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My justification for asking your attention to a subject that may appear trite and perfectly familiar to you is the fact that while physicians are receiving as fees from insurance companies and coöperative associations about $2,500,000 per annum, they are not in every instance giving a quid pro quo. I understand fully and we all agree that members of the American Medical Association always give a quid much bigger than the quo; but it is the doctors who are not of us that I shall describe. My remarks will not apply to the strictly technical part of the examination, for I feel that after fifteen years' work in examining applicants' lungs and hearts and kidneys I have too much yet to learn to warrant my giving you instructions in physical diagnosis. Hence for the sake of avoiding argument I will assume that every man who has a diploma is ipse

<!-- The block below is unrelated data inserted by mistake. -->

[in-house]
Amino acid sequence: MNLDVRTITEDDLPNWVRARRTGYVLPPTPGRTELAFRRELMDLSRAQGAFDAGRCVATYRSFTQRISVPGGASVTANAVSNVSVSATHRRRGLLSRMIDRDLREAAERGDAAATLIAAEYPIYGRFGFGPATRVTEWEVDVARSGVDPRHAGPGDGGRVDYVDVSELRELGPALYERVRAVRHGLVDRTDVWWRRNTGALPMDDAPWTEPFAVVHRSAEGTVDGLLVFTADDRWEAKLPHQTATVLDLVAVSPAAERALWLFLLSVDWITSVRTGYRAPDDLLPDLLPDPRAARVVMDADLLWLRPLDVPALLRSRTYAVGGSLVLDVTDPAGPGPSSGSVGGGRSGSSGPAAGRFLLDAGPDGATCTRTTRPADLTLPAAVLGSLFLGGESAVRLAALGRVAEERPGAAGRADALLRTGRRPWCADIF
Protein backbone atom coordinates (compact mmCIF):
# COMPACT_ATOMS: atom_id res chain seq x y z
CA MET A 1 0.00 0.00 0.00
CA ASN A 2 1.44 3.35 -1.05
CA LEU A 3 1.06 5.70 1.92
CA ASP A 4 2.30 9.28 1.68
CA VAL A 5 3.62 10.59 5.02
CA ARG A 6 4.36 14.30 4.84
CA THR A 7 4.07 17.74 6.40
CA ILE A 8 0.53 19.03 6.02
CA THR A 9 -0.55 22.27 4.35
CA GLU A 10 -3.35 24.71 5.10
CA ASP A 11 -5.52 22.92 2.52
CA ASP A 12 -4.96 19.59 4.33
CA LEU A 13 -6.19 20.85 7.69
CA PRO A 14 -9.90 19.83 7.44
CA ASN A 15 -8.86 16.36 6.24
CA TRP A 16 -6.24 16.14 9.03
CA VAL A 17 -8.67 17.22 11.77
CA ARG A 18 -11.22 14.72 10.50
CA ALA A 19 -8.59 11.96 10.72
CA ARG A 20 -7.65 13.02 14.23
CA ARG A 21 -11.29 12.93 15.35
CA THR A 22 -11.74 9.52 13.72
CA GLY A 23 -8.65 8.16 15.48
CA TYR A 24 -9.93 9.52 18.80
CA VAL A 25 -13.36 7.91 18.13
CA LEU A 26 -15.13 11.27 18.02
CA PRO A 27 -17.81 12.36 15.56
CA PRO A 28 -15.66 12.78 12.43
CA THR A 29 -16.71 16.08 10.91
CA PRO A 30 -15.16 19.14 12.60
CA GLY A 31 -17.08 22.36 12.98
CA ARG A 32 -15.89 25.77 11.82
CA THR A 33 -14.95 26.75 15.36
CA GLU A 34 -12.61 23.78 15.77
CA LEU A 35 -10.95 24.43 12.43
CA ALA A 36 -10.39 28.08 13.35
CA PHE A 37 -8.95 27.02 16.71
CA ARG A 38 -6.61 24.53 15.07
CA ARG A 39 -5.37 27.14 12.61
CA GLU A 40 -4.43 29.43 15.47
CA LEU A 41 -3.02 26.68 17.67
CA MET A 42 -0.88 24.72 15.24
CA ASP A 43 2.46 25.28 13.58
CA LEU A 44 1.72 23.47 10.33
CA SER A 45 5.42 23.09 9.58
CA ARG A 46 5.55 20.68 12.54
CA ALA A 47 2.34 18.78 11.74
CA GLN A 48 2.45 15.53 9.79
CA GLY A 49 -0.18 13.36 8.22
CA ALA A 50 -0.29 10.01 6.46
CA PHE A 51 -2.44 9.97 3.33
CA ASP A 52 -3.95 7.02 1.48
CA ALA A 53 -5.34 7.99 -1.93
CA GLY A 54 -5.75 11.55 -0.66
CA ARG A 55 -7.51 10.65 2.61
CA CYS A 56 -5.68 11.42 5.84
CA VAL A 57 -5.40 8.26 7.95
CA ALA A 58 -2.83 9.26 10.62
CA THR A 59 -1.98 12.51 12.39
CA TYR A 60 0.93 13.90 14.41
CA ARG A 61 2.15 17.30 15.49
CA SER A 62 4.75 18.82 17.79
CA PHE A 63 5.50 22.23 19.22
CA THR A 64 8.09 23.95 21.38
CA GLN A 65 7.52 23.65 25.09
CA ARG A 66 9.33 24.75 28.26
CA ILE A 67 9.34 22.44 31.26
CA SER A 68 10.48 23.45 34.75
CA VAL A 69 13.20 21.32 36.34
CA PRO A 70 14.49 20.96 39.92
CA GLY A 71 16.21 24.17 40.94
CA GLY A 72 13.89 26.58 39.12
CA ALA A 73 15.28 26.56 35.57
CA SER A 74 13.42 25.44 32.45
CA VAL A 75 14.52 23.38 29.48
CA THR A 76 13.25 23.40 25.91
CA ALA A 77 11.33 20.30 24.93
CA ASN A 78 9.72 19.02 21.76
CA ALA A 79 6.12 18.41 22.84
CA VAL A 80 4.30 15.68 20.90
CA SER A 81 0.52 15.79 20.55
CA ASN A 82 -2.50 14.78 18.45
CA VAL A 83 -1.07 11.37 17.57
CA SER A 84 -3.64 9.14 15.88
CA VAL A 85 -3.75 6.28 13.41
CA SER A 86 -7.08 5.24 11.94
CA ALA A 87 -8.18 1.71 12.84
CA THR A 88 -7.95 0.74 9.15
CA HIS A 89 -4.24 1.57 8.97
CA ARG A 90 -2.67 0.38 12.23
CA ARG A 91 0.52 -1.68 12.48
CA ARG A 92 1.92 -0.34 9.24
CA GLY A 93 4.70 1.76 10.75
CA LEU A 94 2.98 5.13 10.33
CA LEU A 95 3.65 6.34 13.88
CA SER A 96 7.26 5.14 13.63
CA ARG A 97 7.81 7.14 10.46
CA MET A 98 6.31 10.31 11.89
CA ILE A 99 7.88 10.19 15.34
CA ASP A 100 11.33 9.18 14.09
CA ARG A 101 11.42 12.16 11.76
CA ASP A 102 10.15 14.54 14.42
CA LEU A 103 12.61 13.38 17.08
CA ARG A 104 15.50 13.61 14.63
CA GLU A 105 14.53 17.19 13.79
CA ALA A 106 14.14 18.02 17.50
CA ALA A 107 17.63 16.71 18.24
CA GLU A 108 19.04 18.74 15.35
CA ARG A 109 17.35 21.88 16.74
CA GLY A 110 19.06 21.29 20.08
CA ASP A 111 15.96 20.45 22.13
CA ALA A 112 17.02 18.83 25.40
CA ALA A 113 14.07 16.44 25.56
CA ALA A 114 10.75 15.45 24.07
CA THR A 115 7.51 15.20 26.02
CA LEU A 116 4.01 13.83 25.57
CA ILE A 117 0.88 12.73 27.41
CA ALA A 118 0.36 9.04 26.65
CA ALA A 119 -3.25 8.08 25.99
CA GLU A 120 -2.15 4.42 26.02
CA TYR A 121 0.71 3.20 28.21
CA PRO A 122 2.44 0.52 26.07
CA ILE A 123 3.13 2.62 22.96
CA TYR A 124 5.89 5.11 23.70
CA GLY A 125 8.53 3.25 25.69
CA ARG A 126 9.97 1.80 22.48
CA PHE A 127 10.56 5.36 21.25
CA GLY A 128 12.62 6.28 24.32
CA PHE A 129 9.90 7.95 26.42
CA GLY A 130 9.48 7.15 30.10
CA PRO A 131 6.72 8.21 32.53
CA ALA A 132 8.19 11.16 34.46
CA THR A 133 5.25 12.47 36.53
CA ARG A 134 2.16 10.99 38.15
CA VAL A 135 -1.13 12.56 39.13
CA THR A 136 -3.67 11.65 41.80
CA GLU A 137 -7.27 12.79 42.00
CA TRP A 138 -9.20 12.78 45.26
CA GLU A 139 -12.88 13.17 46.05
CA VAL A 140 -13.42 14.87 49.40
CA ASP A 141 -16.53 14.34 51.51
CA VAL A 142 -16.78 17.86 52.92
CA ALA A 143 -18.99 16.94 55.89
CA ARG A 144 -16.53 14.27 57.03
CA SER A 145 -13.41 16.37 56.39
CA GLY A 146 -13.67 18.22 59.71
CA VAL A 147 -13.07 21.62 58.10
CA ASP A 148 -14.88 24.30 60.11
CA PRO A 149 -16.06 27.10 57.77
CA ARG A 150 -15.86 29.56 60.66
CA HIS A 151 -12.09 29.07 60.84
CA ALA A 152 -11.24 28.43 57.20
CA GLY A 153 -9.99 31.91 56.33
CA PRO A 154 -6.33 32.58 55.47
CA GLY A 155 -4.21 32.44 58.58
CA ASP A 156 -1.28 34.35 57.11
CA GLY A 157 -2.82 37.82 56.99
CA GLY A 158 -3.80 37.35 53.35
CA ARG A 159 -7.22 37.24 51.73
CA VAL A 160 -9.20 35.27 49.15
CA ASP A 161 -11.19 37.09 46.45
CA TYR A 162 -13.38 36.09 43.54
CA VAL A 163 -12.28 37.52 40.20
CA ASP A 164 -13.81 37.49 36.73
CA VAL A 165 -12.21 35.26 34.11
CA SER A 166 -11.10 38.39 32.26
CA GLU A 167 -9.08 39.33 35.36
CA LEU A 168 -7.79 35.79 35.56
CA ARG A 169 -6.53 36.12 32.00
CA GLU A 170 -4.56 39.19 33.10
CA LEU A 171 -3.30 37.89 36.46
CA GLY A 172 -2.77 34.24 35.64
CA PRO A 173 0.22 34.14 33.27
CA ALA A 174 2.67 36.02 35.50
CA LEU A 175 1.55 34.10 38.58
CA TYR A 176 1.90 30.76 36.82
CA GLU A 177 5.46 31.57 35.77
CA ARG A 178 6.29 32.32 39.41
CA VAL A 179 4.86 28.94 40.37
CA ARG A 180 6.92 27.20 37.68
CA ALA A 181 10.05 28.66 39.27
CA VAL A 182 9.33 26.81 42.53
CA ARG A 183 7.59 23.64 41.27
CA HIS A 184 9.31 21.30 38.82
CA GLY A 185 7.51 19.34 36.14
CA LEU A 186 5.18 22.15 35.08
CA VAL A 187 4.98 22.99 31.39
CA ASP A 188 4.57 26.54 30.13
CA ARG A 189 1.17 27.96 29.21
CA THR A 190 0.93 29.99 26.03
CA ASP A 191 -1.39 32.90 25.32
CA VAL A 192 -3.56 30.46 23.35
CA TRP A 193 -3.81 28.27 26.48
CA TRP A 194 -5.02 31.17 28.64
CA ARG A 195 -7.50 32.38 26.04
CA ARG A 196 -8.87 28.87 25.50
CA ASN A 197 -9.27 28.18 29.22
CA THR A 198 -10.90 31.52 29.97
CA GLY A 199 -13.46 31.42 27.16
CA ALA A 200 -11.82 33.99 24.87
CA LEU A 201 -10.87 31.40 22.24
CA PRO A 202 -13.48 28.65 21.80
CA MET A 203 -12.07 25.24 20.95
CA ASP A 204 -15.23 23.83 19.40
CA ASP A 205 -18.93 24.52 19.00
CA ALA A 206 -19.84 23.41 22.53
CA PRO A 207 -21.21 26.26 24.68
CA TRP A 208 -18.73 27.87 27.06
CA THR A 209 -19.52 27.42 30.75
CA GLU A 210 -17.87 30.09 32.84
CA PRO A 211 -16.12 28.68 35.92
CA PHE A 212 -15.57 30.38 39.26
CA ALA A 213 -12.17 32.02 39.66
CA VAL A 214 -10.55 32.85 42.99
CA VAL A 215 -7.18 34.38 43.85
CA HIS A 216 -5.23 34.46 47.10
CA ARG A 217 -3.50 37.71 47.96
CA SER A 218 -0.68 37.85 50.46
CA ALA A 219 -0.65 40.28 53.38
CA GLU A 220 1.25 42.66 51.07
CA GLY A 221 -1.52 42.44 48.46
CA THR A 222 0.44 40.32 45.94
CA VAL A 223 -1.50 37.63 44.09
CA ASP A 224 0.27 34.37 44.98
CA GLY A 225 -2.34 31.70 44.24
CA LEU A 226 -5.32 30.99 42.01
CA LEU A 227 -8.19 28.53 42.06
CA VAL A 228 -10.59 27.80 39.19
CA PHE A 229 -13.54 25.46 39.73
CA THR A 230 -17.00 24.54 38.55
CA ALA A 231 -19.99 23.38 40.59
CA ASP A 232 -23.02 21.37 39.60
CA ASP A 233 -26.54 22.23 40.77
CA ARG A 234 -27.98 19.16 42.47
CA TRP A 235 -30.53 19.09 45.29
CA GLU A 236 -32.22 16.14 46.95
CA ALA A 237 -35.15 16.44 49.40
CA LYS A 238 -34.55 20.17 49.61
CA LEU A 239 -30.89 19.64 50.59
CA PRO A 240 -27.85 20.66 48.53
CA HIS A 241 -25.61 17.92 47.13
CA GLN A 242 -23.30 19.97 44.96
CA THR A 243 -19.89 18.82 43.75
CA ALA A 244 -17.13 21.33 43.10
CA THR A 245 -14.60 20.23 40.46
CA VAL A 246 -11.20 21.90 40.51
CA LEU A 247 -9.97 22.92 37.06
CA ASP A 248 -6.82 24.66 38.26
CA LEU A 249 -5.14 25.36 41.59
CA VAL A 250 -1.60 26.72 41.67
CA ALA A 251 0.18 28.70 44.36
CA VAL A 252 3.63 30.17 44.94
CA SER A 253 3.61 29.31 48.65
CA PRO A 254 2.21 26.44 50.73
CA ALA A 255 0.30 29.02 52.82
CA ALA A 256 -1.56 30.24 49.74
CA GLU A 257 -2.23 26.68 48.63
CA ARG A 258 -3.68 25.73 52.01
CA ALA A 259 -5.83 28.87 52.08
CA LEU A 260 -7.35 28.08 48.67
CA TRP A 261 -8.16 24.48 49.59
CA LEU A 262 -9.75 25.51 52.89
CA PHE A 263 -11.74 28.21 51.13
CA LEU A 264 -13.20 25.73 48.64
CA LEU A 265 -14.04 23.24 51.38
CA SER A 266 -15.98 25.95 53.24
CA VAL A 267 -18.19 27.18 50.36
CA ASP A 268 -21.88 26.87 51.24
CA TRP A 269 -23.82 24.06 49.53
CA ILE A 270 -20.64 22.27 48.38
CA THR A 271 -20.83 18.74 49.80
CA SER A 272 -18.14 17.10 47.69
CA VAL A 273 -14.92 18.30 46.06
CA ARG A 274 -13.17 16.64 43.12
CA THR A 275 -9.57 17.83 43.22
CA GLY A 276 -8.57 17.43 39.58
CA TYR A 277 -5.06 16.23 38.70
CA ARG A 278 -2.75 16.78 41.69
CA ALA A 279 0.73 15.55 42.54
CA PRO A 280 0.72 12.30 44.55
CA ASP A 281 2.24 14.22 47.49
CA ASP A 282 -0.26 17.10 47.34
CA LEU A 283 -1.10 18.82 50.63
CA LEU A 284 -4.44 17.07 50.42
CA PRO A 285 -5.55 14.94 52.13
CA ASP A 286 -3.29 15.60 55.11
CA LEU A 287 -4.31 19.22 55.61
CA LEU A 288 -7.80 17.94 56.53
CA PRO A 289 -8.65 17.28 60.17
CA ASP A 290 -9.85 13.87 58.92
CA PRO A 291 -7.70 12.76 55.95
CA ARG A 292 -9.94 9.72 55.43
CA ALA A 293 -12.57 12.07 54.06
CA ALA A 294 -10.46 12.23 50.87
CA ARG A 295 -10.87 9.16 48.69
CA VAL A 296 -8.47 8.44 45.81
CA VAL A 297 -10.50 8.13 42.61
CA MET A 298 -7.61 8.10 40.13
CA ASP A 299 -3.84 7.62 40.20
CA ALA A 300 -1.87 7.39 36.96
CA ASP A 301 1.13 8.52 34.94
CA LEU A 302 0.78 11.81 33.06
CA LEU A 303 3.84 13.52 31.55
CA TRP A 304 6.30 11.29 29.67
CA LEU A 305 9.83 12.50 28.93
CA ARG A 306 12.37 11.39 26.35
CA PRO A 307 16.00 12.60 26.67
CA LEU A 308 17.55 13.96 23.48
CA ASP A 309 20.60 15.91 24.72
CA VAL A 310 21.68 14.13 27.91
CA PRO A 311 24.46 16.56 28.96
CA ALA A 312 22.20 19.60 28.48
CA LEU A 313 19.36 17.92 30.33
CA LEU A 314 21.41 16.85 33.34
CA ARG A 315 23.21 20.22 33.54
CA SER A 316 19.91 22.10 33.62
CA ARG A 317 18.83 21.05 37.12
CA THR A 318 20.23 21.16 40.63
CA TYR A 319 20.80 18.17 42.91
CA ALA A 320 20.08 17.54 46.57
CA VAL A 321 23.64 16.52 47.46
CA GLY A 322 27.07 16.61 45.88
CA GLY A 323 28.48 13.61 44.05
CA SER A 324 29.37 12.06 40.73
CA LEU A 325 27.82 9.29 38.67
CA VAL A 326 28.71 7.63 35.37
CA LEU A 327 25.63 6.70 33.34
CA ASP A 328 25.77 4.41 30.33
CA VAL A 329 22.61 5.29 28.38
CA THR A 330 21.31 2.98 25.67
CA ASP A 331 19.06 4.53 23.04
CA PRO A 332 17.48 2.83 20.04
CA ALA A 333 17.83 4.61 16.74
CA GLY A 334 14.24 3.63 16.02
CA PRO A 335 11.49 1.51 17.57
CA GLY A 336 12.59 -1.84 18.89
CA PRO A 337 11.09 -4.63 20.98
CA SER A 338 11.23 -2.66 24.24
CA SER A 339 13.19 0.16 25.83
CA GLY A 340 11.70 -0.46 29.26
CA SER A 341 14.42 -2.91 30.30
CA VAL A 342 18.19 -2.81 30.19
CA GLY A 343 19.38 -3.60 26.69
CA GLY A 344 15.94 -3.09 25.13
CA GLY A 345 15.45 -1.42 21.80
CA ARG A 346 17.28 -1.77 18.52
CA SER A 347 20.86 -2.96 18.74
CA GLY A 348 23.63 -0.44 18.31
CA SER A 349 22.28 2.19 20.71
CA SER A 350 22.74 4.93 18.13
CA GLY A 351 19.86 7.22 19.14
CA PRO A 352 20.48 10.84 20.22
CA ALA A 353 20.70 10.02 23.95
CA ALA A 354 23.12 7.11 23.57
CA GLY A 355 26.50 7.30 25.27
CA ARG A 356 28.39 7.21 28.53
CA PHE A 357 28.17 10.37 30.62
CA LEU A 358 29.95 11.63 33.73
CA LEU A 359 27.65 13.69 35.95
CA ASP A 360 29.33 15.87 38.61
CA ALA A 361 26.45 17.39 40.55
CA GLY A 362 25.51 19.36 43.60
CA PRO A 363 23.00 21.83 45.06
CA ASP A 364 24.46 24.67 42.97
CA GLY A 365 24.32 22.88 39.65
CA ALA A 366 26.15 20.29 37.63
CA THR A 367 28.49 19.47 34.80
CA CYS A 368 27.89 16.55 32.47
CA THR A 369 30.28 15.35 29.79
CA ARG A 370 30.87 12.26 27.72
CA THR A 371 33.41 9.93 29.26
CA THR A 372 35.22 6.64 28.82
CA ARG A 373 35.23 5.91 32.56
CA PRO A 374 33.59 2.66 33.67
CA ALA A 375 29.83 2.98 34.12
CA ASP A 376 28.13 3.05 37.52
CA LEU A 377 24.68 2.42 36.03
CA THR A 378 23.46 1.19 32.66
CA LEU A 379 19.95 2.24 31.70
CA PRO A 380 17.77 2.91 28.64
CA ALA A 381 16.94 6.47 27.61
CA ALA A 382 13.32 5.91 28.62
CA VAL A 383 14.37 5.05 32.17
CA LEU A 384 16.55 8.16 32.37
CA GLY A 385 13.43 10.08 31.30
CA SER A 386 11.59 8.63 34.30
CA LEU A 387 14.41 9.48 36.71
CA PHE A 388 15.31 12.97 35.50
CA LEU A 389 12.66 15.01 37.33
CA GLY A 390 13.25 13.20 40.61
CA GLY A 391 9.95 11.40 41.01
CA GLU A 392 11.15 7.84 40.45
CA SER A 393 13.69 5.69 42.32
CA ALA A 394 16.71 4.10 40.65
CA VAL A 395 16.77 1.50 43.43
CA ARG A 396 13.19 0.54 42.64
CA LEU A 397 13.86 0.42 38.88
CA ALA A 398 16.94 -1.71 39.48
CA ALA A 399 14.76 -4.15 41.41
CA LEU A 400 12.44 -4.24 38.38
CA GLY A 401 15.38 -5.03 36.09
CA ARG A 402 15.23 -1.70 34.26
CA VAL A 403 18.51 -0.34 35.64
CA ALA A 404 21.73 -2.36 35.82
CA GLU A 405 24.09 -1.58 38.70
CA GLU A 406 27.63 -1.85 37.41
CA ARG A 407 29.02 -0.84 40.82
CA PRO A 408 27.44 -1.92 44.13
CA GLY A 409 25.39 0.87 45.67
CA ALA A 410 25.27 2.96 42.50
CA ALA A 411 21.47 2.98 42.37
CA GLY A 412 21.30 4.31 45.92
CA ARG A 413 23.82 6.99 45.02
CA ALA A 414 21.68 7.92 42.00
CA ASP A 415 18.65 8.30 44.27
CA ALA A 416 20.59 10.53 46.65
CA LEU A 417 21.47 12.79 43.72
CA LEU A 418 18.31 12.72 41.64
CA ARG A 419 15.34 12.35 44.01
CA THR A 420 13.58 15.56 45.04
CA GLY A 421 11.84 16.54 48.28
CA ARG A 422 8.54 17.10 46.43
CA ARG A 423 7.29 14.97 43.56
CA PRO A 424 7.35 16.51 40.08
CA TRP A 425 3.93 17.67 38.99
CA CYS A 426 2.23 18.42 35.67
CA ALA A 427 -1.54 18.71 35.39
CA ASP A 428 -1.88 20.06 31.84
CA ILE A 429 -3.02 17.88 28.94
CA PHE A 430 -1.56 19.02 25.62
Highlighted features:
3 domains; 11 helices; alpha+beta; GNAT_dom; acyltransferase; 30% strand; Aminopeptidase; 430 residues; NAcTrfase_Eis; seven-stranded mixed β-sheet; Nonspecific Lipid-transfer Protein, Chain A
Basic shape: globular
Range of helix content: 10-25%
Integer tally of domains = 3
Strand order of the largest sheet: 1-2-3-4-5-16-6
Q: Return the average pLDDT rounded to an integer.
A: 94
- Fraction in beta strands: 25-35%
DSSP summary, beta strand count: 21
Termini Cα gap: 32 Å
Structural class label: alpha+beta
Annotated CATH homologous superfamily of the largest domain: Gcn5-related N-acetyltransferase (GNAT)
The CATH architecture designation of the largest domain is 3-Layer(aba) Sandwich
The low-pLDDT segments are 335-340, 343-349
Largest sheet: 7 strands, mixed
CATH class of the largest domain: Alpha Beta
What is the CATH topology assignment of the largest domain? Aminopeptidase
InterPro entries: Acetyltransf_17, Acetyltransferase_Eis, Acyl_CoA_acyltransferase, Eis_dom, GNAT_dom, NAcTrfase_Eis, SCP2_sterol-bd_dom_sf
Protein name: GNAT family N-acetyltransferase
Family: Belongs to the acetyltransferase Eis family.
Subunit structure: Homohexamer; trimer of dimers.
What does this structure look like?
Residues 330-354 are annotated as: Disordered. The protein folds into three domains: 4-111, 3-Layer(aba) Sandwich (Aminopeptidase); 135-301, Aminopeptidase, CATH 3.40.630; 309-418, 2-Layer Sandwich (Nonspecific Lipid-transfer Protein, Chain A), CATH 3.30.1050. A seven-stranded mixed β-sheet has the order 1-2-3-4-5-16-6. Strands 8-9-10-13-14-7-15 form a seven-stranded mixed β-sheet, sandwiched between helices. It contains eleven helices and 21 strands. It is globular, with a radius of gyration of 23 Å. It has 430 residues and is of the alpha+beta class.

JOHN L. DAVIS. PRACTICAL LIFE INSURANCE EXAMINATIONS.. JAMA. 1895;XXV(13):524–526. doi:10.1001/jama.1895.02430390010001d